Acts of Service
Receiving help with chores around the house or projects are ways to show love to the one whose love language is acts of service. Offering to do chores, get the oil changed on the car, or do the grocery shopping for the week are all ways to fill this person’s love bank.
When promises are broken, laziness is perceived, or more work is made for them, they feel devalued and unloved.
A person who needs physical touch to be loved is the one who craves hugs, pats on the back, a hand on the shoulder, or hand holding. Snuggling under a blanket after a long day makes this soul feel loved, safe, and content.
What is the sticking point here?
The first thing to know about love languages is that you love in the way you want to be loved; this can cause needs to go unmet. If your love language is acts of service and you cheerfully wash the dishes for your partner, you might be disappointed when he doesn’t run across the kitchen to embrace you with gratitude. You might be wondering, “Why doesn’t he appreciate the things I do for him? I’m sacrificing myself to show him love!” The problem here is that your partner feels loved when you spend quality time with him, not when you do things FOR him.
You might as well be speaking French to a Texan! You’re speaking two totally different languages!
How can love languages help your relationships?
Disagreements make more sense
Any time you can see things from someone else’s perspective, there is less conflict. “You never tell me how you feel about me!” can turn into “I know that you might not understand how much your words affect me, but I feel most loved when I hear you tell me how much I mean to you.”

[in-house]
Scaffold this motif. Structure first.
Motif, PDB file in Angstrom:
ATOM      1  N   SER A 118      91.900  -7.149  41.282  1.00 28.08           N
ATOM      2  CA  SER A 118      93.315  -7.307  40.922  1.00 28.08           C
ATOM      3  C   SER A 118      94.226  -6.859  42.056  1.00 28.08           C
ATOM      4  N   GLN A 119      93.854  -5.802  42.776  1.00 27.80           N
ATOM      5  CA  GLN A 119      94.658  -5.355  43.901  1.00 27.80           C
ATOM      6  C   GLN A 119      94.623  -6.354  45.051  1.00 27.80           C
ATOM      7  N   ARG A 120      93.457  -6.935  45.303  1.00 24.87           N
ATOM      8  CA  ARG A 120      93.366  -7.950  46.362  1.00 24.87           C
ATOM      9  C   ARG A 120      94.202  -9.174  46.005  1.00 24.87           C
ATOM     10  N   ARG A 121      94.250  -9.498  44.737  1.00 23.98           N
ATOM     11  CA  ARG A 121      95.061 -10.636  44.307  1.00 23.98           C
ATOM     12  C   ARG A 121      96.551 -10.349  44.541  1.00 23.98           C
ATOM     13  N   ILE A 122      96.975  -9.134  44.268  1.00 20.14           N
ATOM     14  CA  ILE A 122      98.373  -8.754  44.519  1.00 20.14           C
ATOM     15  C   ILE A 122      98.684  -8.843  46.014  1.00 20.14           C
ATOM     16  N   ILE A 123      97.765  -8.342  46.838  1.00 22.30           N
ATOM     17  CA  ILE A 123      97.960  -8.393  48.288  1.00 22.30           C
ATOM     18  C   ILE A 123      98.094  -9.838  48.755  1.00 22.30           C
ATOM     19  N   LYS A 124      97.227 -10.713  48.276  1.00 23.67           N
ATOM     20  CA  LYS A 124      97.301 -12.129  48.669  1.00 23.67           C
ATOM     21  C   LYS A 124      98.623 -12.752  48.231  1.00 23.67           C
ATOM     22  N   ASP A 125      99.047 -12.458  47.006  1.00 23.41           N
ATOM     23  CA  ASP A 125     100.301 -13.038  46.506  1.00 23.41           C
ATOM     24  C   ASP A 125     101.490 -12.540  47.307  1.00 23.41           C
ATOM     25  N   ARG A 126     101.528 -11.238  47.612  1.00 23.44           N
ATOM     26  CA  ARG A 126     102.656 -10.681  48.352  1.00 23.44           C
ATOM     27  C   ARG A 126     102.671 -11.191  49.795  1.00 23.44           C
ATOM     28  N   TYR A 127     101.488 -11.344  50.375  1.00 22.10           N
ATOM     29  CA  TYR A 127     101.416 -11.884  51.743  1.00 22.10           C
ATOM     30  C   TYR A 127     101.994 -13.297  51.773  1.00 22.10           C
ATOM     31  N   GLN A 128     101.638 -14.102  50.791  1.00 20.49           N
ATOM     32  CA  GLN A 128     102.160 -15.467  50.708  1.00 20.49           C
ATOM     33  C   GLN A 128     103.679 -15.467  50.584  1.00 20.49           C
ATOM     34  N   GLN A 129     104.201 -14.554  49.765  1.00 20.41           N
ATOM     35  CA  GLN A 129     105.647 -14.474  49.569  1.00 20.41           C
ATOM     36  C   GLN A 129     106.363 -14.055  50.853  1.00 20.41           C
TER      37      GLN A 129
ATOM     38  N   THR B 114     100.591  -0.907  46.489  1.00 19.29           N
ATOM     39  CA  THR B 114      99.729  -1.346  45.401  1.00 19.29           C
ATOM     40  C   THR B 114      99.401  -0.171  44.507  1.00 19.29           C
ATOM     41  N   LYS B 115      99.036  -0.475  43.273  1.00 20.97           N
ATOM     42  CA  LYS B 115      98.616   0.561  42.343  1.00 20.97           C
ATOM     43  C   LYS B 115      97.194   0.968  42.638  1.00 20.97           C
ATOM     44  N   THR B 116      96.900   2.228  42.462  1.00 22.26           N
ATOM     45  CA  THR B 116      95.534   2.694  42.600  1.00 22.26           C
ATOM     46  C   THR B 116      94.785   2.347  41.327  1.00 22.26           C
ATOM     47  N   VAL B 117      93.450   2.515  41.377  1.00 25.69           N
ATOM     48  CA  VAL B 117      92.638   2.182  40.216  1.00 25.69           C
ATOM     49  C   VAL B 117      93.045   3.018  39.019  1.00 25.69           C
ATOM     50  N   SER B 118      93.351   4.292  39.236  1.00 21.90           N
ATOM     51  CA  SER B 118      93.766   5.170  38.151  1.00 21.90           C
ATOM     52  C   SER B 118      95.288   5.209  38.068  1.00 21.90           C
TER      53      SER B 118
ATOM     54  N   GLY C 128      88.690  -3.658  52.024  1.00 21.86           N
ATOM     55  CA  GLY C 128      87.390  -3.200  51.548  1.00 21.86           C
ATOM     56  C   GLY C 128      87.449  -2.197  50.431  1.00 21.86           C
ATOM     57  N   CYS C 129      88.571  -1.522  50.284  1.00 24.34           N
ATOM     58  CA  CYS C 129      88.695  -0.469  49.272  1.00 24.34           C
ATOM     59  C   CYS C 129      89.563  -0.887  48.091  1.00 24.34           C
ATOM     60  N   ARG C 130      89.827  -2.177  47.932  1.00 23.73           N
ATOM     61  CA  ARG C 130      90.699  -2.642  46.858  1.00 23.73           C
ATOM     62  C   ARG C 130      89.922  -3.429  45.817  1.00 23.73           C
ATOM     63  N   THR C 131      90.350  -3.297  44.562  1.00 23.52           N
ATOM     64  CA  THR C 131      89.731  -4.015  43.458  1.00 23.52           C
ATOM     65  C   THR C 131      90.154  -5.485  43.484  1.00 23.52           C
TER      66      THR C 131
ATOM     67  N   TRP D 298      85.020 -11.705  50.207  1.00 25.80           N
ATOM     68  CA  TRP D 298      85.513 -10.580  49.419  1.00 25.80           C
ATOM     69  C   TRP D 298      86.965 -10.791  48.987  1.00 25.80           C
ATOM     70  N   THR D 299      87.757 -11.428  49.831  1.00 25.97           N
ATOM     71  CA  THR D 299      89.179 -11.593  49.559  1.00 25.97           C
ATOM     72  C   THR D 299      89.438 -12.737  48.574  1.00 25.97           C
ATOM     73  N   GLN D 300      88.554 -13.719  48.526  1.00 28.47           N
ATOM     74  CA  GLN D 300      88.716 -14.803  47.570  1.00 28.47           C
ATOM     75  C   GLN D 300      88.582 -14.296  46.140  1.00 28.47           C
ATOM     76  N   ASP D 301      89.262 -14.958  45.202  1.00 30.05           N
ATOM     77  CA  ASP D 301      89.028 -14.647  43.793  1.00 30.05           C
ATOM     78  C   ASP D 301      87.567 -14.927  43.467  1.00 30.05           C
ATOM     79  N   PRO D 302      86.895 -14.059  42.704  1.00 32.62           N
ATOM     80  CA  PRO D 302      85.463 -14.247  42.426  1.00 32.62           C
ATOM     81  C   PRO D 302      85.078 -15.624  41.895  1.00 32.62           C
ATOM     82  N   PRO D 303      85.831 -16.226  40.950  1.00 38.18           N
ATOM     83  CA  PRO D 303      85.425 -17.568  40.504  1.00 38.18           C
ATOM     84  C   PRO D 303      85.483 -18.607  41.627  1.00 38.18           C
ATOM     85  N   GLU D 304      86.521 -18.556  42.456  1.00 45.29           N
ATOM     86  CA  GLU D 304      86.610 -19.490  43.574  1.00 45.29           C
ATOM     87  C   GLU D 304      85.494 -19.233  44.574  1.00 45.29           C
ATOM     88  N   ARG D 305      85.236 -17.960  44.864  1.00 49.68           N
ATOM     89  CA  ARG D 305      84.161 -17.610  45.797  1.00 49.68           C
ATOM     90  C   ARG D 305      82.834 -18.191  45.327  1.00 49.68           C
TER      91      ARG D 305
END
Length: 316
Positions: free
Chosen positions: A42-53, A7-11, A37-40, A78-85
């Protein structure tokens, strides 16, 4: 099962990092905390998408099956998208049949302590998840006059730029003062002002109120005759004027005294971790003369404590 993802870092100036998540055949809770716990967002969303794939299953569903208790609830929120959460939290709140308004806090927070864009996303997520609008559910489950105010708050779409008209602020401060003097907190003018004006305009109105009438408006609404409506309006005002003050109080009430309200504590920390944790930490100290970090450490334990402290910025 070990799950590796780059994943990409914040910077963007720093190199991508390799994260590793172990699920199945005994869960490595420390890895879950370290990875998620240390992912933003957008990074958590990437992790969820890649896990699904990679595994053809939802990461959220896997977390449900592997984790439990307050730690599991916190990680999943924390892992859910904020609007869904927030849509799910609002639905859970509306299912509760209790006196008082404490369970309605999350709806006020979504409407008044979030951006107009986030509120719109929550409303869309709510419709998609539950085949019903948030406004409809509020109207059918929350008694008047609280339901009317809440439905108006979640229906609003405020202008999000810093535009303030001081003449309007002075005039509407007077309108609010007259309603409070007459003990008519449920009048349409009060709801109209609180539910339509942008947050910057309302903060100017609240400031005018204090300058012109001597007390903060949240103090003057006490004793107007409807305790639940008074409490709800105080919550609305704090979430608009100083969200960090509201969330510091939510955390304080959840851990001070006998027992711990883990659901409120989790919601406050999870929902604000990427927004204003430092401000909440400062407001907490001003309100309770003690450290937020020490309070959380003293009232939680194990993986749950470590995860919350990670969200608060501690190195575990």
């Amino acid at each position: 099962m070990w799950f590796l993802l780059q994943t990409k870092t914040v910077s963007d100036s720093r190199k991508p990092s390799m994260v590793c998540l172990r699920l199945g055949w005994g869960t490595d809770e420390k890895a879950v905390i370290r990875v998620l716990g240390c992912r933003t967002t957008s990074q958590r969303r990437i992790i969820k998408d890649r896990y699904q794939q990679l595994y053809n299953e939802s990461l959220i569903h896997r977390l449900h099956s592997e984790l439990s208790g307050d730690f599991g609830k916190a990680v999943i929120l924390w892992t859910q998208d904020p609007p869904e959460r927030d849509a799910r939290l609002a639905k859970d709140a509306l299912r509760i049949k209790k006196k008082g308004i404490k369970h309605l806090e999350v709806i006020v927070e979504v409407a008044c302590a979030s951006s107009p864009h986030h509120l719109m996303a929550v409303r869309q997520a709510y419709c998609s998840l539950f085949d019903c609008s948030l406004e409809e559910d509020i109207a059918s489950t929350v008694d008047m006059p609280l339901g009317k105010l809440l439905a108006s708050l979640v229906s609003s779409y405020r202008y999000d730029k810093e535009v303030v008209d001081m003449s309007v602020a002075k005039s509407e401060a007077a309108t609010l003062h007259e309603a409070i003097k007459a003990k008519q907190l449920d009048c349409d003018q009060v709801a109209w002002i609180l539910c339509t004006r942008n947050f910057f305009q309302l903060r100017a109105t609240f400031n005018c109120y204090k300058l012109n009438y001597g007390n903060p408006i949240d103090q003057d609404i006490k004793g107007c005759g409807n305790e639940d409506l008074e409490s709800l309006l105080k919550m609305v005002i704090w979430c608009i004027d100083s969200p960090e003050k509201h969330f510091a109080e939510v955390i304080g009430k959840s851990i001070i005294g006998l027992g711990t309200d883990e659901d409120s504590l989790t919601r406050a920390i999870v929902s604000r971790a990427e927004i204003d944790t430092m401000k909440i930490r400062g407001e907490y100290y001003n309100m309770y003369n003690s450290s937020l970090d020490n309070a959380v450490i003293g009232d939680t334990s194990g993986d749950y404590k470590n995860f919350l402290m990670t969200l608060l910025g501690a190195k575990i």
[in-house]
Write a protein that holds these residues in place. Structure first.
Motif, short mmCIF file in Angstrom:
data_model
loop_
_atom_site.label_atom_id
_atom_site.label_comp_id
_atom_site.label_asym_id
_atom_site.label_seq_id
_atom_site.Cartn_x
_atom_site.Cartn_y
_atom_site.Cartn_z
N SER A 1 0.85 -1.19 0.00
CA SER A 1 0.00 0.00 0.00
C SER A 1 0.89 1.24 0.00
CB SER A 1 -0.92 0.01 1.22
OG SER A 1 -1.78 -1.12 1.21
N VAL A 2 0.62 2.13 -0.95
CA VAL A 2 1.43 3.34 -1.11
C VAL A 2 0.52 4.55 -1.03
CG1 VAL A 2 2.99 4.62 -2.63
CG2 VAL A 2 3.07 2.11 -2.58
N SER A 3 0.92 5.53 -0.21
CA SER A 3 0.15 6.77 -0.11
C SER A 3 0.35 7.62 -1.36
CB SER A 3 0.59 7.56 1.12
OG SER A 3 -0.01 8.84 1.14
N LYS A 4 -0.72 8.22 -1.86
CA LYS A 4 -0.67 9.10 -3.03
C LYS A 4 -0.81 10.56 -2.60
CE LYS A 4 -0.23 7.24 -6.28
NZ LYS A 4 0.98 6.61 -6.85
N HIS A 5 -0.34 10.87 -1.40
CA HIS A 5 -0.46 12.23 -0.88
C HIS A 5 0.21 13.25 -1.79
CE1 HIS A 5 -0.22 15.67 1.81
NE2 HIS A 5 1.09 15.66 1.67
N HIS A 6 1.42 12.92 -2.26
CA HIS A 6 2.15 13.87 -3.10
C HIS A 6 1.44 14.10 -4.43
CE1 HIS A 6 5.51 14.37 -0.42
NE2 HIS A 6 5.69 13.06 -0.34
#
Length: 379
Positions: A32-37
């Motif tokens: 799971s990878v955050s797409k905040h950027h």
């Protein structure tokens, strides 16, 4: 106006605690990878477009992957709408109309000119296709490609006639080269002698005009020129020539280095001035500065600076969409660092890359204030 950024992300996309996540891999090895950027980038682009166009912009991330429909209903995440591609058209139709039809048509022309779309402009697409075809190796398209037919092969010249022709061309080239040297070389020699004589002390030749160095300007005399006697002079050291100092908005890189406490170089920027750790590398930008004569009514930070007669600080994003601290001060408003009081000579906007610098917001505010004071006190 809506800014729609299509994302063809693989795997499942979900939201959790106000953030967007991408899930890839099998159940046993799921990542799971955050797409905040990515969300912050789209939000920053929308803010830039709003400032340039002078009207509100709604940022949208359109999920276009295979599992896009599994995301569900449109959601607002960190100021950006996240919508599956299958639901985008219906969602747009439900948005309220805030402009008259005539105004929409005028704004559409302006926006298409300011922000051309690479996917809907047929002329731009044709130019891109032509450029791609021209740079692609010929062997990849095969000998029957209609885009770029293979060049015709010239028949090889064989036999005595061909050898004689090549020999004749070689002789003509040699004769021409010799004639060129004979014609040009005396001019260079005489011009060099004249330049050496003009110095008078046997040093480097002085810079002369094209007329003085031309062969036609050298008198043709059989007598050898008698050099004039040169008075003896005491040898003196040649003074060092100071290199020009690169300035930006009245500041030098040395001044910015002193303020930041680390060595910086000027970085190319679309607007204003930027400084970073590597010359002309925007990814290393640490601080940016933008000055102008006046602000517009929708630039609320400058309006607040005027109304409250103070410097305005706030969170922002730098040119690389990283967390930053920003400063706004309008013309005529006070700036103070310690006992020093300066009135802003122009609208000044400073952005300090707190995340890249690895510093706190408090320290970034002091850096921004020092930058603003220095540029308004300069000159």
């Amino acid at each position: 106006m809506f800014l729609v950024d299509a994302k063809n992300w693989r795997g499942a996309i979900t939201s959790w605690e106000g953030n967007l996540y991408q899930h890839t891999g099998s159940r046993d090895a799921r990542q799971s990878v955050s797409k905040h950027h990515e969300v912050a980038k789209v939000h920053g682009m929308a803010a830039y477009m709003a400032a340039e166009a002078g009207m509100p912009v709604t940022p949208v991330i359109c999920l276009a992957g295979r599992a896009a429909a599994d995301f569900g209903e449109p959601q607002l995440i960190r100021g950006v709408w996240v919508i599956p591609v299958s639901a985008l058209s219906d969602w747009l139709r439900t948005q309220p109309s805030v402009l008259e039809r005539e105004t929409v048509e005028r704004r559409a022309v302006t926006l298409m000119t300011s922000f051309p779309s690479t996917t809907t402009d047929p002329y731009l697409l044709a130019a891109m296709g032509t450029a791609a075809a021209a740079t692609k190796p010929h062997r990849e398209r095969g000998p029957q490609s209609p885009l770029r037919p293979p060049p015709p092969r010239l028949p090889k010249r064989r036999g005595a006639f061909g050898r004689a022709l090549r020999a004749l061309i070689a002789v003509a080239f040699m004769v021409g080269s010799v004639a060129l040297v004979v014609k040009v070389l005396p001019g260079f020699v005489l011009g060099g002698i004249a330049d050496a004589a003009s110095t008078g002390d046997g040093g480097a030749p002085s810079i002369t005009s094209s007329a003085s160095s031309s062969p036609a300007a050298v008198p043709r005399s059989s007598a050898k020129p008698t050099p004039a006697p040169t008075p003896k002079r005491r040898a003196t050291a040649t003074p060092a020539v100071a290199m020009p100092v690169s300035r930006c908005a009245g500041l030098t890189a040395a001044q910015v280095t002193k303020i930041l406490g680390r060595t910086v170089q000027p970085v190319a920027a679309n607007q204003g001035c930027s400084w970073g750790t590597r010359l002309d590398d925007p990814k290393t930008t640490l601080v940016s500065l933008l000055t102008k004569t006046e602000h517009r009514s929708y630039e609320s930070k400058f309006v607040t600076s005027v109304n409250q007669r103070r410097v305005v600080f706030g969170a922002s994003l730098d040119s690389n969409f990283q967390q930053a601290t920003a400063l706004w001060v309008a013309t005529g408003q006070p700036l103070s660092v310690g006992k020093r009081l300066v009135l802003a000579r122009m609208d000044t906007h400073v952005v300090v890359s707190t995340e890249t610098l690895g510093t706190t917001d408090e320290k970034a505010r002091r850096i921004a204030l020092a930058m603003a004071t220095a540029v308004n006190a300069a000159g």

“You never help around the house; you don’t really love me!” changes to “When you offer to help me with the chores, I feel loved, supported, and cared for.”
Think about how many arguments can be avoided with a little communication!
You’ll know your partner better
Let me say this from the start: you don’t have to understand it to work with it. We are all wired differently, and the way your partner feels loved might not make sense to you. But you are still perfectly capable of knowing how to love him and can carry that out.
Knowing your partner’s love language gives you insight into who he is and what makes him tick. This can only strengthen your relationship!
You will both be more fulfilled by your relationship
When your love bank is constantly being filled, you will be happier and more satisfied. This allows you to love more deeply and completely.
Communication will be better
Ask, “When do you feel most loved by me?” Talk about the things that fill and deplete your love banks. Think of ways to speak each other’s love languages.
If conflict arises, talk about how you could have shown love in a different way.
Related Post: Why Communication Matters
Curious about your love language? Take this quiz to find out!